Basal insulin analogs and consumables (syringes, needles, insulin pens, glucometers, and glucose test strips) are not subsidized or covered by health insurance in most parts of Asia (Table 2). Financial constraints may discourage patients from starting on or persisting with therapy if they are unable to afford these out-of-pocket payments.68 However, the higher prescription costs of long-acting insulins may in reality be offset by reductions in healthcare and hospitalization costs arising from diabetes complications (eg, comorbidities or hypoglycemia). The cost-effectiveness of long-acting insulins has been demonstrated in countries with different levels of healthcare resources.69 Hypoglycemic events and mortality were substantially lower among users of Gla-100 than among NPH insulin users.70,71 Given that Asian patients tend to develop diabetes at a younger age and are at an increased risk of complications,72 the cost-effectiveness of long-acting insulin analog therapy is likely to be even greater in Asia. As the health gains from better glycemic control will likely reduce resource utilization and lower the national economic burden of diabetes-related complications, healthcare authorities are encouraged to consider ways to help reduce or subsidize costs of long-acting insulin analogs and the necessary consumables.

Conclusion

Delays in insulin initiation, insufficient dose titration, and poor adherence are ongoing challenges in basal insulin therapy in Asia. Although certain unmet needs, such as reduced hypoglycemia risk and dosing flexibility, may be partly addressed by newer long-acting insulin analogs (Gla-300 and insulin degludec), more can certainly be done to overcome patient and physician barriers to insulin therapy. First, patients and healthcare providers should be educated on the initiation and active titration of basal insulin therapy at the early stages of type 2 diabetes; second, further research is needed to determine the best patient support model to improve diabetes outcomes in Asia; and third, accessibility to long-acting insulin analogs should be improved for patients who have severe financial constraints or who reside in less developed regions. Prolonged hyperglycemia can lead to serious long-term complications in patients with diabetes, ultimately increasing the burden on personal and health system resources. An integrated public health approach is crucial to address these unmet needs and to bring down the high socioeconomic and human costs of living with diabetes in Asia.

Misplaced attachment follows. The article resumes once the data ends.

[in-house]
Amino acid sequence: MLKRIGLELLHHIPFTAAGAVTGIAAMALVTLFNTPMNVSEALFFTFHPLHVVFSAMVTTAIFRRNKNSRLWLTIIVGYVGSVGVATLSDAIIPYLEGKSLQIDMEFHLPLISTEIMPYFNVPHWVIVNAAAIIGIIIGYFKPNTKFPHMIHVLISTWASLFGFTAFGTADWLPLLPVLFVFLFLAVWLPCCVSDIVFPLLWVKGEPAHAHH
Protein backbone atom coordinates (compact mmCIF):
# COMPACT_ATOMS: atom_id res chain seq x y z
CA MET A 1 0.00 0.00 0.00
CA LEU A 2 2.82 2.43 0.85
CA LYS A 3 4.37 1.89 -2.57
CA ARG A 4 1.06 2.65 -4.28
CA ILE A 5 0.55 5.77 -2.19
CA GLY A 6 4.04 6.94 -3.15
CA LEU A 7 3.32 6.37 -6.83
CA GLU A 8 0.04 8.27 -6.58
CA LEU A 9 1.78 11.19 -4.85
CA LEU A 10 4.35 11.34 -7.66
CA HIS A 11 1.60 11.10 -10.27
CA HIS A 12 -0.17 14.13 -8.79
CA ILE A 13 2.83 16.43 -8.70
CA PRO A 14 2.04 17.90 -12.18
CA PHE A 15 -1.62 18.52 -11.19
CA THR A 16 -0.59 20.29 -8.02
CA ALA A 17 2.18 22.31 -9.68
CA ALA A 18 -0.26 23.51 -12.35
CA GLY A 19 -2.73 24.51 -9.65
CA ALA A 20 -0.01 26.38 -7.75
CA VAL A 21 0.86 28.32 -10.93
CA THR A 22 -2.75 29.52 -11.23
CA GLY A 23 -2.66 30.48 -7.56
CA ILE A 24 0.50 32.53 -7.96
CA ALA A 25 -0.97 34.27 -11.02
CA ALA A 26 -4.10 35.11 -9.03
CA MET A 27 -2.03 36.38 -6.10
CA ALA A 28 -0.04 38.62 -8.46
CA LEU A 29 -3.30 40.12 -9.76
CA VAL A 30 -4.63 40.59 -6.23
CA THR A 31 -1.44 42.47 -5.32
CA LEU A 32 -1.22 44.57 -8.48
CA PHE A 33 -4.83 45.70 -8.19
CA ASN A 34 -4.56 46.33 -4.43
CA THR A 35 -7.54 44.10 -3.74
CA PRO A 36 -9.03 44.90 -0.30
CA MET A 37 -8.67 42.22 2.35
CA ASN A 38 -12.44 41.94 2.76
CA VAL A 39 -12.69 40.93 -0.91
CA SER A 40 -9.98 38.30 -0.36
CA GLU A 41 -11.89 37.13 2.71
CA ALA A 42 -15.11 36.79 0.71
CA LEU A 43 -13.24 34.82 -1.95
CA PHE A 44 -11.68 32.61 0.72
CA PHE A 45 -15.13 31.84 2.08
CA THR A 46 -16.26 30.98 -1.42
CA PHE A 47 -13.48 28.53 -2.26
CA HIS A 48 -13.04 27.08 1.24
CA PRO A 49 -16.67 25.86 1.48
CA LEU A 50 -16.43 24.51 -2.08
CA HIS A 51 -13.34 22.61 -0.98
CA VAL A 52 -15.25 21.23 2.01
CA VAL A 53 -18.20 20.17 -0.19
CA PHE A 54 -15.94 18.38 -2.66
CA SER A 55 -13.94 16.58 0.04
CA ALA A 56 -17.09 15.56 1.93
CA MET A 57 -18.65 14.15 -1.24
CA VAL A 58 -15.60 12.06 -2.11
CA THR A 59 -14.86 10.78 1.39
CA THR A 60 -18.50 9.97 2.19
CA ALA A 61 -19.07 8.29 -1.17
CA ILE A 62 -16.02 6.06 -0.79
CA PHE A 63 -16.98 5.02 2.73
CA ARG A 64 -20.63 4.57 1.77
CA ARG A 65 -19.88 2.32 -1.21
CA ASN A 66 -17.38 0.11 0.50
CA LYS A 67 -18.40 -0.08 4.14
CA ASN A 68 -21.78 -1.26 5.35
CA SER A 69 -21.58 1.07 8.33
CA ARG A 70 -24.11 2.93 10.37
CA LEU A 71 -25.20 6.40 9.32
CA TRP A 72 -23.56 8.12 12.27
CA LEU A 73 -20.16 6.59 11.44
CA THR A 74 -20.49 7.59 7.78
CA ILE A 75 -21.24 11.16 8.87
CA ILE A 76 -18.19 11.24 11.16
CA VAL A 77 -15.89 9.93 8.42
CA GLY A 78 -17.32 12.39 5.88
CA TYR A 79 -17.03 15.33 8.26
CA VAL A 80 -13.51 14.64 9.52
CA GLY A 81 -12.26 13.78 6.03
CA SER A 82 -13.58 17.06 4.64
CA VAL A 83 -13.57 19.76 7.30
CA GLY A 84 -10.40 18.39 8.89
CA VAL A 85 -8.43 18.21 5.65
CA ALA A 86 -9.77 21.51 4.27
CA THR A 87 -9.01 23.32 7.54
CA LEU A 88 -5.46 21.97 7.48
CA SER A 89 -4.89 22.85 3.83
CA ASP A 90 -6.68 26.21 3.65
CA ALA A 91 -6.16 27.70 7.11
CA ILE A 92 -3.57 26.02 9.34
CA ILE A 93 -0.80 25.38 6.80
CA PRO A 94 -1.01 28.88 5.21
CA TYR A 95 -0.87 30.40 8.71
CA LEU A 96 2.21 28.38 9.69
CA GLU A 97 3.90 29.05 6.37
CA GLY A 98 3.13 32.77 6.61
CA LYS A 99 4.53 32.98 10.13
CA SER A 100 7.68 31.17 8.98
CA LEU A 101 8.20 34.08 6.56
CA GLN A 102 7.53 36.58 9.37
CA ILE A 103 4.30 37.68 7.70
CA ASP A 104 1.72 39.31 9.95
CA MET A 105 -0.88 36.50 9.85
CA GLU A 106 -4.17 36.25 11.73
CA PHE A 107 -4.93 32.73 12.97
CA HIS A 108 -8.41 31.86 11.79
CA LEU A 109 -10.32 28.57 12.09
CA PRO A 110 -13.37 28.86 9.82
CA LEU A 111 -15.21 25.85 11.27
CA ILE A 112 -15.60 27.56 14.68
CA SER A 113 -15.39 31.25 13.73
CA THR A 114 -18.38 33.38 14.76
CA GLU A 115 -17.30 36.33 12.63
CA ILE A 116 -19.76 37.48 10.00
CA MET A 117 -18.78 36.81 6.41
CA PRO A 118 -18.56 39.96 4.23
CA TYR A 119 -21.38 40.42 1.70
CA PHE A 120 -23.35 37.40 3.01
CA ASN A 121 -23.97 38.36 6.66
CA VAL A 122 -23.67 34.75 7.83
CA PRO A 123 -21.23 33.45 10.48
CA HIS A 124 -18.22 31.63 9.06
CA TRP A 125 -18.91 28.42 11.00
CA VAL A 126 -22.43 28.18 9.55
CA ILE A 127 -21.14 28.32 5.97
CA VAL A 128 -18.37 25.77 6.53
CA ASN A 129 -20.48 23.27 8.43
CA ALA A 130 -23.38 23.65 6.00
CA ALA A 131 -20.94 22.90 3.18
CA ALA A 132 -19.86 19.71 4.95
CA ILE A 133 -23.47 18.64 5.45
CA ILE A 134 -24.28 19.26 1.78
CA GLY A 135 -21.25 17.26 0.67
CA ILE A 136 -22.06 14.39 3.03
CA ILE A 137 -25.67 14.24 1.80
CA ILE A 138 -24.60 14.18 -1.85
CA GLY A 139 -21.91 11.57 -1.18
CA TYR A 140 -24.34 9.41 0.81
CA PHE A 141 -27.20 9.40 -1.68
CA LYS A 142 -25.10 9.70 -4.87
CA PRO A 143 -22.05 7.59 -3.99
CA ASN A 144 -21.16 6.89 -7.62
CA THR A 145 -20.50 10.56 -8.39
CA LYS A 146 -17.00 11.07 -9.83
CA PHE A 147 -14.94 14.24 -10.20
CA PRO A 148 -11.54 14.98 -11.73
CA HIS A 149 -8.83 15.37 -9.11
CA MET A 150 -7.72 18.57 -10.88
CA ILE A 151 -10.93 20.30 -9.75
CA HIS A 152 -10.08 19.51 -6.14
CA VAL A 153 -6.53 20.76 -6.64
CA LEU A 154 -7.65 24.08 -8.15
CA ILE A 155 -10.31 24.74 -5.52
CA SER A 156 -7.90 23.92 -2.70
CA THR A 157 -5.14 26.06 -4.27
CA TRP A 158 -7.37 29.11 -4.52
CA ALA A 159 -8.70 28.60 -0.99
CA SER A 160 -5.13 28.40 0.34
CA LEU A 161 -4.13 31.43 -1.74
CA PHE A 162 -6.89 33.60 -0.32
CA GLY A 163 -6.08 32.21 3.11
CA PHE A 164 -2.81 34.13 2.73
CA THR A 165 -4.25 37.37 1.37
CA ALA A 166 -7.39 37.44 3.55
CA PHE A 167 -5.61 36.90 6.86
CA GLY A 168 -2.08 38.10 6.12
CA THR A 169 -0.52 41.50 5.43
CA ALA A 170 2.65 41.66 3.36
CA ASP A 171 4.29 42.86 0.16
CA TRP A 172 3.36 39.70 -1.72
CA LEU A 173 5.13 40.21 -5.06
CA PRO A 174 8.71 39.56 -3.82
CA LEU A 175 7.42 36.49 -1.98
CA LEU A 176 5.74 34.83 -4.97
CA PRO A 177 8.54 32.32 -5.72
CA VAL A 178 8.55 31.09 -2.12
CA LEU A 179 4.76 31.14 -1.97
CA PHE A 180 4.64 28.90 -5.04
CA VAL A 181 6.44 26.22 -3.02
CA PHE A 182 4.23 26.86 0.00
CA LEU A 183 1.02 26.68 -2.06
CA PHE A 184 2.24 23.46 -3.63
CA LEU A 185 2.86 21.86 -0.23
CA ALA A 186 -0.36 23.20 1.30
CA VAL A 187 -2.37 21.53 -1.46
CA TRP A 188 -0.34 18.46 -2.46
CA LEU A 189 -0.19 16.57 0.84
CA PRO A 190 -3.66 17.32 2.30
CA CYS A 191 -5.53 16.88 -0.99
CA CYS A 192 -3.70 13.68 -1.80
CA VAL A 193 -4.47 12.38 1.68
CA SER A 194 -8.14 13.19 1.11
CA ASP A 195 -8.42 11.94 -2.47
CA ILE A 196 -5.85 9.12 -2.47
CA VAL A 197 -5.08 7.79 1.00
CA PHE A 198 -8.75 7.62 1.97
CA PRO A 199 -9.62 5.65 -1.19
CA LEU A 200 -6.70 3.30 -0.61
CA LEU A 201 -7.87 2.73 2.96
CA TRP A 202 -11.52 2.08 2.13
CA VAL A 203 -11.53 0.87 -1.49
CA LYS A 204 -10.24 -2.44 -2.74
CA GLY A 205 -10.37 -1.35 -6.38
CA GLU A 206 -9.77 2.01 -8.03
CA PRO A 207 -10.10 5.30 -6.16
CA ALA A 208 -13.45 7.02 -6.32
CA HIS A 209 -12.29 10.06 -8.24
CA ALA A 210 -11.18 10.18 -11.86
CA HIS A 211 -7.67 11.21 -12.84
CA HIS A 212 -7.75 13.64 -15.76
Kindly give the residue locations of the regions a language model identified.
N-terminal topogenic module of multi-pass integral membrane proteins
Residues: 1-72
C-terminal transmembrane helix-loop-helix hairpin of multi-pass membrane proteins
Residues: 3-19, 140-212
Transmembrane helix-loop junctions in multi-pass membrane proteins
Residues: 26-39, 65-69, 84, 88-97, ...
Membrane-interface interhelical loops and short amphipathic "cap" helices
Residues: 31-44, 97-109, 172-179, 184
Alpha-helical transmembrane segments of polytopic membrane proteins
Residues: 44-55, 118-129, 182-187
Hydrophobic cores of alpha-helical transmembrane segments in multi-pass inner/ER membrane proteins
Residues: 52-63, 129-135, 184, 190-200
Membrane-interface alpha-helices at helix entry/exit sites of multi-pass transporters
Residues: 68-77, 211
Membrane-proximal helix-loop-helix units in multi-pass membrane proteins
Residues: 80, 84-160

Acknowledgment

Manuscript drafting assistance and editorial support were provided by Bao Hui Lee and Geraldine Toh (Tech Observer Asia Pacific, Singapore) and were funded by Sanofi-Aventis.

All authors have contributed equally to this work.

Disclosure

WB Chan has received honoraria and served on the advisory boards of AstraZeneca and Boehringer Ingelheim. S Goh has served on the local/regional advisory boards of Sanofi, AstraZeneca, Merck Sharp & Dohme, and Boehringer Ingelheim. IT Isip-Tan has received sponsorship from Sanofi and Novo Nordisk to attend medical conferences and has received honoraria from Sanofi for presentations at conferences and round table discussions. SW Mudjanarko has served as a scientific speaker for Sanofi, Novo Nordisk, and Eli Lilly. S Bajpai and MA Mabunay are employees of Sanofi, Singapore. P Bunnag has served on the advisory panel and as a speaker for Abbott, AstraZeneca, Boehringer Ingelheim, Eli Lilly, Merck Sharp & Dohme, Novartis, Novo Nordisk, Pfizer, Sanofi, and Takeda and served as a speaker for Thai Otsuka. JF Chen and TTH Vu have no relevant relationships to disclose. The authors report no other conflicts of interest in this work.